Male Infertility: Facts vs. Myths

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Male infertility is a topic that is becoming more prevalent in society. It is also much easier to be persuaded by some of the myths discussed on the internet. By debunking myths regarding male fertility, patients and men as well as women can have a clear view of what male infertility really is, how it is affected and how to prevent or treat it.


Facts About Male Infertility

Male Fertility Decreases With Age

The fact that male fertility decreases as men age, is undeniable. This is just the way the human body works. As men get older and pass their reproductive years, their semen parameters and the quality of their sperm start to decline which can eventually lead to infertility


Infertility Rates are Equal Between Men and Women

Studies have shown that men have an equal chance of being infertile as women. In some cases, it may only be the man or the woman, while in other cases it can be both attributing to the problem of conceiving. When a couple is struggling to conceive and the cause is unknown, is less likely to occur than identifying who may attribute to being infertile.


Stress Can Decrease Fertility

Studies have shown that stressful events can impact a male’s fertility by causing a decrease in sperm motility and structure, leading to fertility problems. Stress can affect the release of sexual hormones, disrupting the spermatogenesis process and leading to a reduced production of sperm. When receptors in the male reproductive system are exposed to high levels of glucocorticoid, caused by stress, it can induce apoptosis of certain reproductive cells.


Structural Issues in The Reproductive System Can Decrease Fertility

Structural problems in the reproductive tract of a man can be caused by previous surgeries or infections that may cause a blockage in the urethra, inhibiting the possibility that semen can be released via ejaculation.



Hormonal Disturbances Can Cause Fertility Problems

Male fertility is dependent on the hypothalamus-pituitary-gonadal axis. This axis is responsible for producing and secreting hormones that result in the optimal release of testosterone which can result in healthy sperm parameters. When there is an imbalance or a problem in this axis, it can affect the amount of testosterone released, it can inhibit the spermatogenesis process and cause a decline in sperm count and sperm parameters.



Myths About Male Infertility


Sperm and Semen are The Same

Sperm and semen are not the same. Semen can be seen as the vehicle that is used to transport the sperm and the sperm is the passenger. The sperm won’t be able to reach a female’s egg to inseminate it, without the presence of the semen. Optimal semen and sperm parameters play a crucial role in a male’s fertility.


Overall Health Does Not Affect a Male’s Fertility

Overall health can indeed affect a male’s fertility. Choosing to lead a balanced and healthy lifestyle can contribute to a male's fertility. Consuming vegetables and fruits that are rich in antioxidants, such as kale and spinach, can reduce oxidative stress in the body leading to optimal spermatogenesis. Maintaining an active lifestyle can boost the release of testosterone causing an increase in sperm count.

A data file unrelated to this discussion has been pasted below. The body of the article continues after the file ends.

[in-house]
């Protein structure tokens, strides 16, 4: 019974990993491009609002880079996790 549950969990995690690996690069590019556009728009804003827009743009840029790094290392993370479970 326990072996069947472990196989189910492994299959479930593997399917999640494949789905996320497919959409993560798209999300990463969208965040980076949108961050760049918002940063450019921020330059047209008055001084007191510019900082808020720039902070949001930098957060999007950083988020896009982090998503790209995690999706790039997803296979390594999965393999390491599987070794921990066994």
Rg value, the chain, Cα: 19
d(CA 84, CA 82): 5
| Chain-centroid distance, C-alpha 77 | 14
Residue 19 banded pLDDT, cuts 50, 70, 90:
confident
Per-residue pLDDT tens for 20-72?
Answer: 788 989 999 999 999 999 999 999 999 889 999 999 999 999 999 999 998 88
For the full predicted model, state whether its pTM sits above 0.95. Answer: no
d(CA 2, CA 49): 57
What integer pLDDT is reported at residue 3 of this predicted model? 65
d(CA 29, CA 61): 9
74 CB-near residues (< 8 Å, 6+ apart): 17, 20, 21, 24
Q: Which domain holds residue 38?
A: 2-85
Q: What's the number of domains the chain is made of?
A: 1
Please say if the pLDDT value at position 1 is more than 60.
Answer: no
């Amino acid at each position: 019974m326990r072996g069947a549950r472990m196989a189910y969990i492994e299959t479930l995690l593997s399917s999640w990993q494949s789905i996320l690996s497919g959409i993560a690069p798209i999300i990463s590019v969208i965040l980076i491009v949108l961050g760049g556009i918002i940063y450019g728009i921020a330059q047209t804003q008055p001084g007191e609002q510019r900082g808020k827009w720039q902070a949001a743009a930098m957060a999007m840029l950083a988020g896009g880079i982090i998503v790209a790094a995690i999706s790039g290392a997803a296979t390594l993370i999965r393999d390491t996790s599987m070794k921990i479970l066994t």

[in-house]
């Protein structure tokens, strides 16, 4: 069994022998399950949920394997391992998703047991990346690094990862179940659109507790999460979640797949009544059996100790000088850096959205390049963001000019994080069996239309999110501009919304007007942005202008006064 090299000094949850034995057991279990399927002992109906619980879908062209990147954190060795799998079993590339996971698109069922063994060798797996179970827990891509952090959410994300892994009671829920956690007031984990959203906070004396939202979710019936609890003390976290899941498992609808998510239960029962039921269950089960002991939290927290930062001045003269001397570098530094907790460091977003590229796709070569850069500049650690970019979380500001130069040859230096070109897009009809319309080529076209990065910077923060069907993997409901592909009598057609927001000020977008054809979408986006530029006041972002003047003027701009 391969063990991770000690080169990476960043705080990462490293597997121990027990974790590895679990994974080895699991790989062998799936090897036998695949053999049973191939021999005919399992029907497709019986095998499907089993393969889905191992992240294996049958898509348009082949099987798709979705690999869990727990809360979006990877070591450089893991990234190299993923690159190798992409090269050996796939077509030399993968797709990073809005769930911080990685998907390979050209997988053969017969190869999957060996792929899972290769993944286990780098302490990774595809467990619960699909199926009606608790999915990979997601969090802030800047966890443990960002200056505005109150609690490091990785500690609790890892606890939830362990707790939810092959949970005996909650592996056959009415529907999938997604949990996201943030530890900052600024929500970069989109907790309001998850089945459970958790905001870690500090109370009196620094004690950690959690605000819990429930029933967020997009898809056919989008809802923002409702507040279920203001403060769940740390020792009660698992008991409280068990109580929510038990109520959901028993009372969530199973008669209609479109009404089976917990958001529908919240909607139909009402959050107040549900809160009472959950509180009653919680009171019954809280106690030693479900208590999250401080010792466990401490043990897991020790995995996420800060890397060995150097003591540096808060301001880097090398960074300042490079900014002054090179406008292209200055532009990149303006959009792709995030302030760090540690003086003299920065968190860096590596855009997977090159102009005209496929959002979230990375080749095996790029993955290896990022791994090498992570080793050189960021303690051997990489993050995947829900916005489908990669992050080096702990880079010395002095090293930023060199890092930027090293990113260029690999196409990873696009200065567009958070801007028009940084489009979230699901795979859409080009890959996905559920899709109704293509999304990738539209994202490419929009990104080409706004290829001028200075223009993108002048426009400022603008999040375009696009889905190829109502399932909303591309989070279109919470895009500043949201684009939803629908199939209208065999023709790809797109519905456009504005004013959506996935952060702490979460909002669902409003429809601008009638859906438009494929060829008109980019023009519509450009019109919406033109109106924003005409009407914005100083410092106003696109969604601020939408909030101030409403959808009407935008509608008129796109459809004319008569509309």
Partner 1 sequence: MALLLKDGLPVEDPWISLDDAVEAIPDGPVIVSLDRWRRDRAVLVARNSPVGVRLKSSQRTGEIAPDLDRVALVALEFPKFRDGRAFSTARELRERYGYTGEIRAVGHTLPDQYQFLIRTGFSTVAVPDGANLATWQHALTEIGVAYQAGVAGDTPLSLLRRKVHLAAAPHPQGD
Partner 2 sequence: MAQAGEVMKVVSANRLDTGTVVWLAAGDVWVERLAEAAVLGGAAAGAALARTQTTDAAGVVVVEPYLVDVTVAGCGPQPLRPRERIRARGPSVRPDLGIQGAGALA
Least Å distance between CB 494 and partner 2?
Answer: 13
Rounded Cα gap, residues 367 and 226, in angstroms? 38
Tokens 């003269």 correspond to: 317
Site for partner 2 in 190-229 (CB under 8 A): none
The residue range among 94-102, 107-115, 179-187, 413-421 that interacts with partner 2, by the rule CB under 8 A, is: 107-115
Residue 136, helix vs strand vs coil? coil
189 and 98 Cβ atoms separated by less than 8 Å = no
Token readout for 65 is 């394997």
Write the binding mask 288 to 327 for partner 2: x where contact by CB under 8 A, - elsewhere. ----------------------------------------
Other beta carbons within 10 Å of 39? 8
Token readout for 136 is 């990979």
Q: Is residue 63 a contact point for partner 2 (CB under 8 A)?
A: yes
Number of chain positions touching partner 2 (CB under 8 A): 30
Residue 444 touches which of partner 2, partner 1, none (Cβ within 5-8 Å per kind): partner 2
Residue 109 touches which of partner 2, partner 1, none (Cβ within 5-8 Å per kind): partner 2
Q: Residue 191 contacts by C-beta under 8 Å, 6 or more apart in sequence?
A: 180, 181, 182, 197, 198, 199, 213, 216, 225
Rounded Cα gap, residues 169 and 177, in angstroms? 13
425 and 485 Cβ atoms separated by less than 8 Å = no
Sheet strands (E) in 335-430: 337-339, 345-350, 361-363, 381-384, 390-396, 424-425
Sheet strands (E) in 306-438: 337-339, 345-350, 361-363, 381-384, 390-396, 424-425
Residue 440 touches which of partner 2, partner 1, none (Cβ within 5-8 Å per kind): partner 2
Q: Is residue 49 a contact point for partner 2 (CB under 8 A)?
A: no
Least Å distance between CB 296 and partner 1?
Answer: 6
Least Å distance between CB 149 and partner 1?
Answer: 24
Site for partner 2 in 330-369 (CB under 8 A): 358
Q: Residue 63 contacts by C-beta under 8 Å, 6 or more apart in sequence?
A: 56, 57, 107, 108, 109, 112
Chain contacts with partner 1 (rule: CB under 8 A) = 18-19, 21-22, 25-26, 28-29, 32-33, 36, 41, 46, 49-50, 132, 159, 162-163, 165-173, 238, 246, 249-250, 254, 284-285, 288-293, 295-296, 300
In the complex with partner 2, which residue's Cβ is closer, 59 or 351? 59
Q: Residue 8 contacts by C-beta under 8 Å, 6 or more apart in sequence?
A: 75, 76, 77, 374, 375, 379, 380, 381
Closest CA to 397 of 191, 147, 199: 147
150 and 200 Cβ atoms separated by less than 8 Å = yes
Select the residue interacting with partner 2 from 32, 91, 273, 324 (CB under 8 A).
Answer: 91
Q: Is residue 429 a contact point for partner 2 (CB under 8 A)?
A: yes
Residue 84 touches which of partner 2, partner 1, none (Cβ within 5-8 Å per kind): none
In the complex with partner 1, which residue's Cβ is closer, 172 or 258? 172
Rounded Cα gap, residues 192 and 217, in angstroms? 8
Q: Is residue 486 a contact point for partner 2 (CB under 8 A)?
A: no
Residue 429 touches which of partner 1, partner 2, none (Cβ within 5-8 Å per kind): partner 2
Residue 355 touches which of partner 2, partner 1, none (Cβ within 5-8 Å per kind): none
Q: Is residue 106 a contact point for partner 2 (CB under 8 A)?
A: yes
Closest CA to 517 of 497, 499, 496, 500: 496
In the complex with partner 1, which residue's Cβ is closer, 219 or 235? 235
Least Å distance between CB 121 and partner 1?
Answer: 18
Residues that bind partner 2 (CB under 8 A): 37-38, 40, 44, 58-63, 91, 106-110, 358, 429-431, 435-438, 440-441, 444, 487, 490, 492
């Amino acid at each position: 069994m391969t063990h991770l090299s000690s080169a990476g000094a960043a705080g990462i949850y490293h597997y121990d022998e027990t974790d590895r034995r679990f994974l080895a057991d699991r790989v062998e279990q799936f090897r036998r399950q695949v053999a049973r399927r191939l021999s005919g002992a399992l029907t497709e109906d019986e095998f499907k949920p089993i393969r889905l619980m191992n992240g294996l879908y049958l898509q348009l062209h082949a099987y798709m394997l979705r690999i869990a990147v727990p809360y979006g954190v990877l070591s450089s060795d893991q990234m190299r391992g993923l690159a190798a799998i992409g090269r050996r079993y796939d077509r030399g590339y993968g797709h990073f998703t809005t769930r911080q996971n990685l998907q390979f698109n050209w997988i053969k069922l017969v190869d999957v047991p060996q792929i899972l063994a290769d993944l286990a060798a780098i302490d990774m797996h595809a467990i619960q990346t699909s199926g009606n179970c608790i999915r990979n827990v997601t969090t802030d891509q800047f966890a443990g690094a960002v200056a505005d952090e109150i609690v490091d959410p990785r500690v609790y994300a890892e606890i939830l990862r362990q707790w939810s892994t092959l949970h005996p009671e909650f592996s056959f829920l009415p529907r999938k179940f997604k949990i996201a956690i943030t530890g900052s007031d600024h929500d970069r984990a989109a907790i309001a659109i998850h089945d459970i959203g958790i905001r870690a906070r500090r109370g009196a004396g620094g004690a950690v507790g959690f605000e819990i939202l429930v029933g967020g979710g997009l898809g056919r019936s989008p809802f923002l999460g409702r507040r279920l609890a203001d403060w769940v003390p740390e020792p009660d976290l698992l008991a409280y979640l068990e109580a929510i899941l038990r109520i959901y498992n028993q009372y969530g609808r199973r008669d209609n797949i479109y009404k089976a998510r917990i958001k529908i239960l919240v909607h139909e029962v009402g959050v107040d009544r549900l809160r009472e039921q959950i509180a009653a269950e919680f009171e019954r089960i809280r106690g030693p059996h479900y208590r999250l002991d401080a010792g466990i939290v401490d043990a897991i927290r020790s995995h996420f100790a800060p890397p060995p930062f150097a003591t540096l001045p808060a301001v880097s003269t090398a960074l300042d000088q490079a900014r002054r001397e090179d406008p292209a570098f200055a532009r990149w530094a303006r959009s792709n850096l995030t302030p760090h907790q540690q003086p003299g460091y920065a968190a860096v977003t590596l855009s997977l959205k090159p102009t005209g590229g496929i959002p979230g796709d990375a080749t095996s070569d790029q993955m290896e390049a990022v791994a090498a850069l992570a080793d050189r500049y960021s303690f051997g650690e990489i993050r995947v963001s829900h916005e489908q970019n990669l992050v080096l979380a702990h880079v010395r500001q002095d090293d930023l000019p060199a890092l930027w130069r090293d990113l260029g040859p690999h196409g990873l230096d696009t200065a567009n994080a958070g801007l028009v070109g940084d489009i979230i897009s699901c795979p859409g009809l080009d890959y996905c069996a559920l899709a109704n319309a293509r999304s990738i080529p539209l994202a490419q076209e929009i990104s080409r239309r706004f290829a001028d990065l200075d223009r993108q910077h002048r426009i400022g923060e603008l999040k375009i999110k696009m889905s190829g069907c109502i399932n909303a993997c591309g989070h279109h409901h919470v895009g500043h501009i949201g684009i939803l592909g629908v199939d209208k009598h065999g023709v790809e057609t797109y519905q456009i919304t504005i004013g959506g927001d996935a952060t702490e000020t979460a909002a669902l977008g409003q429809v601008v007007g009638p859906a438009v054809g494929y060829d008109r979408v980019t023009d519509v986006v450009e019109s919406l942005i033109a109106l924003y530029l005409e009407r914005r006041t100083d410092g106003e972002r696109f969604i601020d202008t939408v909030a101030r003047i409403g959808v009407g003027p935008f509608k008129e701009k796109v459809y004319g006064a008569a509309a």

Poor overall health can lead to diabetes which affects the sperm’s DNA, can cause erectile dysfunction and disrupt the spermatogenesis process. Excessive alcohol consumption and smoking can cause a decline in a man’s fertility. Consuming alcohol in moderate amounts and abstaining from nicotine products can return a male’s fertility to an optimal level.


The Amount of Sperm is The Only Factor Affecting Male Fertility

Although sperm count is an important parameter for male fertility, it is not the only factor that can be considered when looking at a male’s fertility. When a male’s fertility is tested doctors look at several parameters such as the semen volume, the motility and structure of the sperm, the pH level of the semen and any sign of infection. If some of these parameters are not functioning at an optimal level, it can decrease a male’s fertility.


A Male With Erectile Dysfunction Will Never Be Able To Conceive

This is a myth as there are options such as extracting sperm from the testicle tissue and preserving it for insemination in the future. The sperm can even be used for IVF insemination. Tests can be done to see if a male has any viable sperm left to freeze. Erectile dysfunction can also be treated with certain medications, allowing a male the ability to exercise his normal sexual activities.


Sexually Transmitted Infections (STIs) Can’t Lead to Infertility

STIs can actually have a huge impact on male fertility, especially if it is left untreated. The STI can cause damage to a male’s reproductive organs, causing problems with his fertility. Preventing an STI is better than treating it. 

The best way to prevent getting an STI is to use condoms when having sexual intercourse with a partner who has an STI. Also, note that a condom might only prevent the transmission of certain STIs and not all of them. Other STIs can be prevented by getting vaccinated against HPV and Hepatitis B. If a patient does contract an STI, some of them can be treated with a course of antibiotics, while others, like HIV, can not be cured by medication, but it will only slow down the progression of the disease.

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